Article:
President pledges to remove investment, export blocks

President Donald Ramotar has called for the creation of a Central Investment and Export Promotion Agency in Guyana aimed at improving the mechanisms to foster international and regional investments in Guyana.

“I promise to work towards dismantling these obstacles I want to make investments a smooth and seamless process” President Ramotar stated in relation to the current bureaucratic measures which hinder the investment potential in Guyana.

Ramotar said at the launching of the Invest Guyana Magazine at Duke Lodge last evening that he was aware of some of the criticisms investors have when investing in Guyana. The President said that legislation governing the exporting of goods was one such area where “red tape” significantly blocked growth. Ramotar stated that it made little sense to “give people a hard time to export when most countries put in mechanisms to restrict imports”. The President said that the government had to put an end to this and needed to do so quickly.

Ramotar noted that investors are demanding a highly educated workforce and that Guyana needed to step up to the challenge. He said that it was not enough to advance in areas that were labour intensive, but that Guyana had to broaden its information and communication technology sectors. Ramotar stated that over the past ten years the IT sector has created over 3000 jobs. He said that “competitiveness will lead our transformative infrastructure to be complemented by a highly educated and technologically savvy workforce…we need workers with up-to-date skill and expertise especially in relation to information technology and communication technology.” The president said that Guyana had “to be prepared to prepare ourselves to be integrated into the digital community including the regional groupings of South America and Caricom”. He said that Guyana needed to teach Portuguese and Spanish in secondary schools and this decision was addressed in Cabinet meetings. President Ramotar noted that continuous communication with Guyana’s neighbours would ensure critical international investments.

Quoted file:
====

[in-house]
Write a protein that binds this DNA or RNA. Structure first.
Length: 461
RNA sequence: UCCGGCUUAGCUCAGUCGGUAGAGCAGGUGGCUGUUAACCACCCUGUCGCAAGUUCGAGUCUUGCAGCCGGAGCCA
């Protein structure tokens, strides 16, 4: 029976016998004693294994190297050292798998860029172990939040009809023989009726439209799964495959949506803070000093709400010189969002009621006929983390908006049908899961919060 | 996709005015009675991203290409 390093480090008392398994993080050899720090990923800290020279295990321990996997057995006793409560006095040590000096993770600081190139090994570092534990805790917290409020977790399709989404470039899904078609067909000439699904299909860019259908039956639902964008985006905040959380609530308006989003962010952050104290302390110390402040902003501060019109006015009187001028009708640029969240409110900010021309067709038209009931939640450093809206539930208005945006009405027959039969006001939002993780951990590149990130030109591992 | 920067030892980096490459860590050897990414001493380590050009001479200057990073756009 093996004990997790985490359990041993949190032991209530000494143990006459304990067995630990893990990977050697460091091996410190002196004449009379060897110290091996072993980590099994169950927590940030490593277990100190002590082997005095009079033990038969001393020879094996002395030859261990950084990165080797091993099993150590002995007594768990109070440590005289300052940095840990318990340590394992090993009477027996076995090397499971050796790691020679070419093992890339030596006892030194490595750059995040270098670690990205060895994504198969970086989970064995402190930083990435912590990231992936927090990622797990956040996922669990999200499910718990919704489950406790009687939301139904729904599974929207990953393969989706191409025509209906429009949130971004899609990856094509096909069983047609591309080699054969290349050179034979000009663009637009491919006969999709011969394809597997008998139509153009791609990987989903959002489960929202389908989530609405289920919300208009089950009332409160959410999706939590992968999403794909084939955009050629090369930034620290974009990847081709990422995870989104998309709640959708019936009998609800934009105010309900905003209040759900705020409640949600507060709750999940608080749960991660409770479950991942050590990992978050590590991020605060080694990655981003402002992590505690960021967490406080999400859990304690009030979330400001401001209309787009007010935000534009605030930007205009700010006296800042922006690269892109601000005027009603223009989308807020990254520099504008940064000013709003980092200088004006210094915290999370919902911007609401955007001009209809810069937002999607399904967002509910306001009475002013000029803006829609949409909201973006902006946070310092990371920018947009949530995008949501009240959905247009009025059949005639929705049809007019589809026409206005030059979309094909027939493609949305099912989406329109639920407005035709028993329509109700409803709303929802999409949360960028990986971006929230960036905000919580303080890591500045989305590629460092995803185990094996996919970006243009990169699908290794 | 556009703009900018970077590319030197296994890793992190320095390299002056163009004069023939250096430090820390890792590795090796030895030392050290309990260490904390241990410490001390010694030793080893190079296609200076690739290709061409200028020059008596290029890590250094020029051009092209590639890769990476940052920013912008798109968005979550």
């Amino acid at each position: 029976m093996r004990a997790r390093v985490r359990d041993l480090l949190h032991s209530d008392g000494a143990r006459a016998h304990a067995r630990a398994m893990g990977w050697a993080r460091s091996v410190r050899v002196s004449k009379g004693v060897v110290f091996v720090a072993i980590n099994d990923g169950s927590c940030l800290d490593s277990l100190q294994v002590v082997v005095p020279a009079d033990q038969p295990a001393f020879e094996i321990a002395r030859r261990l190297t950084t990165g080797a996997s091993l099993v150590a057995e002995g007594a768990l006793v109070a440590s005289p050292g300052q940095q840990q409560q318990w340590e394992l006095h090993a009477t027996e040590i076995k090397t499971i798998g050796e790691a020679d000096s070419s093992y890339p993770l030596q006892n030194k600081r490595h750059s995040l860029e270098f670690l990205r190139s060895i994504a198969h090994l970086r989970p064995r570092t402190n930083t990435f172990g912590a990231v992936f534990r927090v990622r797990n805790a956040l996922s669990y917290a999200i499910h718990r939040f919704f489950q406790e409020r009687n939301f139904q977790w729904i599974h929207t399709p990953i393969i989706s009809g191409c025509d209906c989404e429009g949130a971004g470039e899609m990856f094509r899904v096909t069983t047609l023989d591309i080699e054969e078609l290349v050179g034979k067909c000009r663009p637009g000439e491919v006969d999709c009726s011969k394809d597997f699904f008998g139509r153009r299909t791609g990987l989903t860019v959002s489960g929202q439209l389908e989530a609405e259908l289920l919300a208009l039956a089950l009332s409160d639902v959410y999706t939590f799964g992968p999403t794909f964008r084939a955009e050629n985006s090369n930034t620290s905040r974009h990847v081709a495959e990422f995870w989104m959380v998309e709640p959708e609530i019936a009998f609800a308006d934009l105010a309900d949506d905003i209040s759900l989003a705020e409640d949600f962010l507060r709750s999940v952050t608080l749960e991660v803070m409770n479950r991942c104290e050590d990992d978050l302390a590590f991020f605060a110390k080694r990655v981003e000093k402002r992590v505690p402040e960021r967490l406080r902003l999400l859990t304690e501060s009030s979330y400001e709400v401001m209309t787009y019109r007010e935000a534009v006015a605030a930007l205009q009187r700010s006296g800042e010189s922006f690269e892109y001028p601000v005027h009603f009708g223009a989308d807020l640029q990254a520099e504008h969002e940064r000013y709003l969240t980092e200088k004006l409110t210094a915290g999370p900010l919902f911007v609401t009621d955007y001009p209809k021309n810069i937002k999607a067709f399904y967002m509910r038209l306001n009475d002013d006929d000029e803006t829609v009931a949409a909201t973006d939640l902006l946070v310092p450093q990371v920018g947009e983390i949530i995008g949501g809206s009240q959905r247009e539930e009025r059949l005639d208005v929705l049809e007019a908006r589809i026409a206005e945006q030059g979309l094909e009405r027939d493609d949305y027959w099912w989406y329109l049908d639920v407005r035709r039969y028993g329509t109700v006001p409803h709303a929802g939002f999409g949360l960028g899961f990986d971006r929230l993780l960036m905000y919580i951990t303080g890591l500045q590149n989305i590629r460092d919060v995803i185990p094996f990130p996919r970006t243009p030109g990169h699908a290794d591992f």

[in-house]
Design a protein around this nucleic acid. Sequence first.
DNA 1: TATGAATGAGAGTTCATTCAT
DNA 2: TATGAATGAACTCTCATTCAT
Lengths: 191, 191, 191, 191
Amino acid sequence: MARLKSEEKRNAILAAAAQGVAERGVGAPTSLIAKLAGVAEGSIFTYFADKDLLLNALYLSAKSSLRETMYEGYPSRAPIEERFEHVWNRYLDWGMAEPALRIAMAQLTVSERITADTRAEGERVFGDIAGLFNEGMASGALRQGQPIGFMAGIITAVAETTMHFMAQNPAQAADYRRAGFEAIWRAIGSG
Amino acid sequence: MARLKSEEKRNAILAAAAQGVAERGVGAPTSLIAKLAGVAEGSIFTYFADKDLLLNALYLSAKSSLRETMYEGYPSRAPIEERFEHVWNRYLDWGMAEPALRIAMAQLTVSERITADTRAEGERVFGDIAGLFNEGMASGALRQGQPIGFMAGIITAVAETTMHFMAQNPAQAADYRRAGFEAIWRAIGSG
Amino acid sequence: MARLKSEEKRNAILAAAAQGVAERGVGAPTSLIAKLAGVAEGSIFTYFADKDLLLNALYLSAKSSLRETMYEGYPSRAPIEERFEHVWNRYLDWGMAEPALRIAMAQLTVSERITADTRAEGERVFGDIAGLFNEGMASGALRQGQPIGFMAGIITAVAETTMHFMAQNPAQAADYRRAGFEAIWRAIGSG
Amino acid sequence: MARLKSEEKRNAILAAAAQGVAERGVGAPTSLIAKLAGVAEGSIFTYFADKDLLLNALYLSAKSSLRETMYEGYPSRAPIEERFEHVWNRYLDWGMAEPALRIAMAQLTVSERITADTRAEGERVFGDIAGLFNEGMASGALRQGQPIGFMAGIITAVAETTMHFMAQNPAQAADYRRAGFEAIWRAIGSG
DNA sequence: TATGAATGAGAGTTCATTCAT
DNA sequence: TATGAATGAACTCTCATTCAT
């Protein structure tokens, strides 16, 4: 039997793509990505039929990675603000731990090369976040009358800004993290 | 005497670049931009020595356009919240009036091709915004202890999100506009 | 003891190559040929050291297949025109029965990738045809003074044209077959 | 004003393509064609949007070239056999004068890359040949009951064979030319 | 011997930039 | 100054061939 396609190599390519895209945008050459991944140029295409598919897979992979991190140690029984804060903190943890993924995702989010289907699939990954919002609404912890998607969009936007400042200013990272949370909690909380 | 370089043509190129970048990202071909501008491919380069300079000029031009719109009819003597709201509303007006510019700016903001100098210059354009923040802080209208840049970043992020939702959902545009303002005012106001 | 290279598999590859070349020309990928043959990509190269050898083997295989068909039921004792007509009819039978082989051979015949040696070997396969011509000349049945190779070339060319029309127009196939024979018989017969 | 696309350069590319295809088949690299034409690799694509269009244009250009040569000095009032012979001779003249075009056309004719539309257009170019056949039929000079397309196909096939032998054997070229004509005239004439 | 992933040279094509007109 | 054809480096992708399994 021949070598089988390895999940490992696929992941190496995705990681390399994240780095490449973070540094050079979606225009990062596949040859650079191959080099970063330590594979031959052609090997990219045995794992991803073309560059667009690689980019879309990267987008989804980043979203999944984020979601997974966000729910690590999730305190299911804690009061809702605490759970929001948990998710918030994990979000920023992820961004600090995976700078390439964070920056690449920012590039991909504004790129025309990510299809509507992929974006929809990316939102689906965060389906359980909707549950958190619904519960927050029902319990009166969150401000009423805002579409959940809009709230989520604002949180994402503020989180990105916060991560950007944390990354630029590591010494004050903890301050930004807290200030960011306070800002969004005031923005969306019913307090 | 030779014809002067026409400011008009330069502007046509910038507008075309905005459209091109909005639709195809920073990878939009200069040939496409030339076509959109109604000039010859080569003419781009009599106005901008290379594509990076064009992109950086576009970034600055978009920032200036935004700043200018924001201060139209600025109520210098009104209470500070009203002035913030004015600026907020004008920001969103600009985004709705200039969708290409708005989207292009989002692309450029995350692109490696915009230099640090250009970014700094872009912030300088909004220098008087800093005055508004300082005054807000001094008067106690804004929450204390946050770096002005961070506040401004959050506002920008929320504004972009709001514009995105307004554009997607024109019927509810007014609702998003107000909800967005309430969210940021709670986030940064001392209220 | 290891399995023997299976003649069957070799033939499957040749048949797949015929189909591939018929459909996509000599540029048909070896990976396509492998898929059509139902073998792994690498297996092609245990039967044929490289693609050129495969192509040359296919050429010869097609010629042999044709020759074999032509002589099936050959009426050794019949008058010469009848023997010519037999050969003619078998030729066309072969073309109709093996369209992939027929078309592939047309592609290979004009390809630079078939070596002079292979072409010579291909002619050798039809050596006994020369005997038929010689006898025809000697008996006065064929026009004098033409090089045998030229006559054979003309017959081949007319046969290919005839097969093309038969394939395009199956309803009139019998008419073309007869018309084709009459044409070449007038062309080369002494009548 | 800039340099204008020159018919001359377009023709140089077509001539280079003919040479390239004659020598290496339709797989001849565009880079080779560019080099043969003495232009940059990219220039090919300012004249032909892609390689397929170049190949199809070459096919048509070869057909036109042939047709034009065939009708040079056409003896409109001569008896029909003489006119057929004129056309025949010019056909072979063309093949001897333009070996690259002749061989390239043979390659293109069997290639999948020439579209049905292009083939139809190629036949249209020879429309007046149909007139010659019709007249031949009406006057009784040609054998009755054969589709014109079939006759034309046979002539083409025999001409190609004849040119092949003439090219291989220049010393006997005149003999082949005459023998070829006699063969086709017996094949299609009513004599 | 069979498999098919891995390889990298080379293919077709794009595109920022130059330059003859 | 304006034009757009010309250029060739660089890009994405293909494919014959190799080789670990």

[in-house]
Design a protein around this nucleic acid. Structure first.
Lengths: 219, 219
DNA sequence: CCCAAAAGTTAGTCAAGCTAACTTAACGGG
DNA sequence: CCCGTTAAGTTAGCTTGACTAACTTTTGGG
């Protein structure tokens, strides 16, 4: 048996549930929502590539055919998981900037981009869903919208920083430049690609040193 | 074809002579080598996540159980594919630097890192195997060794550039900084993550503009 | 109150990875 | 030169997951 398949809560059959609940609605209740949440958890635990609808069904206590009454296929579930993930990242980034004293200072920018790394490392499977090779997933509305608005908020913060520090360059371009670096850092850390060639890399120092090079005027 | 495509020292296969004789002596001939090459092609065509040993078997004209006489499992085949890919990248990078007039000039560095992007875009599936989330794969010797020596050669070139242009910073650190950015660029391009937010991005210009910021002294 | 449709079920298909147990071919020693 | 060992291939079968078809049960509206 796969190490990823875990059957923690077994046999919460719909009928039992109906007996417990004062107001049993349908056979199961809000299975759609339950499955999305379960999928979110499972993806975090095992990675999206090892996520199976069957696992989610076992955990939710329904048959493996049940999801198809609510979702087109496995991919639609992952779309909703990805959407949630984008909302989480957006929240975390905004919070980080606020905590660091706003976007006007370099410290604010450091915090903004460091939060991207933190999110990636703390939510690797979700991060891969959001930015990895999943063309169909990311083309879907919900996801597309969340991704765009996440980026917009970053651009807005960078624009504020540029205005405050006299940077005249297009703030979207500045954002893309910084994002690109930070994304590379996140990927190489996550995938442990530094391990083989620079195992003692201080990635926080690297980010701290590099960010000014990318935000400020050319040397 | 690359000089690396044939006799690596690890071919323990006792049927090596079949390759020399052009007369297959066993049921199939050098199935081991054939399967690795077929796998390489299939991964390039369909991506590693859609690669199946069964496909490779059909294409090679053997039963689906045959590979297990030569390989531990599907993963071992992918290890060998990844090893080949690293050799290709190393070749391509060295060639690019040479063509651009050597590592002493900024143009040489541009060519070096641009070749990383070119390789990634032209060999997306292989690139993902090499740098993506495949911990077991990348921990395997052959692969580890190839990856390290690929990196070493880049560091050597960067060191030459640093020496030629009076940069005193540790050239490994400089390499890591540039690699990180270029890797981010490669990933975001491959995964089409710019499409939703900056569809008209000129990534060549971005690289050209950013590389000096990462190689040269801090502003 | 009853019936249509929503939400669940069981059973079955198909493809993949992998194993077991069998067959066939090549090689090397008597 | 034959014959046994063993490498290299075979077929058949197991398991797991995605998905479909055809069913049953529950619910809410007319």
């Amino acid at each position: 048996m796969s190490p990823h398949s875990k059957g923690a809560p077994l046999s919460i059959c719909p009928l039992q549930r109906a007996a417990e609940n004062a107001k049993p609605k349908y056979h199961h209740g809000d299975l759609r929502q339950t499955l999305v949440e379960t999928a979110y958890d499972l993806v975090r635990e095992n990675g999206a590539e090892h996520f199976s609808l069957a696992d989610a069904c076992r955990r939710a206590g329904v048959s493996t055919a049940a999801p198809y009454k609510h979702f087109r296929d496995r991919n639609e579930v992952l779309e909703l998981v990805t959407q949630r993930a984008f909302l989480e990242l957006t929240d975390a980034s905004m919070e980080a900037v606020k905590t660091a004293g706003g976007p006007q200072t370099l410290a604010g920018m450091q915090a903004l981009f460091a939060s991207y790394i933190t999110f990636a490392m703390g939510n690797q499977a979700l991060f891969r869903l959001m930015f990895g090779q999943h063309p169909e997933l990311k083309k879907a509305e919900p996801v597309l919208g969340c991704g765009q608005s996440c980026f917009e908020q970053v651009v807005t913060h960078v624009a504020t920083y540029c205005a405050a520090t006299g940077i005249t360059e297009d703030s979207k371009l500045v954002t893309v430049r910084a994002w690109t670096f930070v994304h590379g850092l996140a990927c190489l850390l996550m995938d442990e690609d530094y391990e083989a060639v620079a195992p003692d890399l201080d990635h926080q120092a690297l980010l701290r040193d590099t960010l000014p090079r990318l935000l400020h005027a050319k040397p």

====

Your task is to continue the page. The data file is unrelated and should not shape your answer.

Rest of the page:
The President stated that the nation’s projected growth of over five percent was directly related to Guyana developing “key and critical infrastructural projects,” such as the Marriott and the Cheddi Jagan International Airport, Timehri expansion. Ramotar said that there remains tremendous investment potential in Guyana in non traditional areas such as tourism. He said that “air transportation remains critical to business activity…we have made official approaches to Air China and two major US airlines to be involved in Guyana’s market in addition JetBlue is awaiting the expansion of the runway at CJIA.”

President Ramotar stated that other infrastructure projects were necessary and that the current administration has realized a need for all-weather roads and deep water harbours. He noted that business can be more readily brought into Guyana if the infrastructure was in place to facilitate movement.

Speaking at the event, Canadian High Commissio-ner David Devine stated that Canada was not “solely interested in the investment of Canadian companies, but the overall investment climate of Guyana”. He said that if the climate was not right then neither partnering countries could foresee sustainable investments.

Devine warned about risky business practices and cautioned that unnecessary risk which comes with a lack of public security was the greatest deterrent to how Guyana’s investment culture is viewed on the international level.

He added “If someone is cheating  the systems in one place, you can be sure that somewhere down the line, it results in real losses for you because it will interfere with the natural checks and balances of the market system”. The Canadian High Commissioner stated that all involved parties locally such as the Private Sector Commission and the Georgetown Chamber of Commerce and Industry, had to be prepared to provide an environment with better business practices. Devine said that “we must be prepared for changing environmental conditions, for phenomena such as money laundering and bribery and corruption.”

Devine committed Canada’s continued support in promoting good governance and controlling financial crimes with the proper mechanisms in place at the launching of the annual publication.

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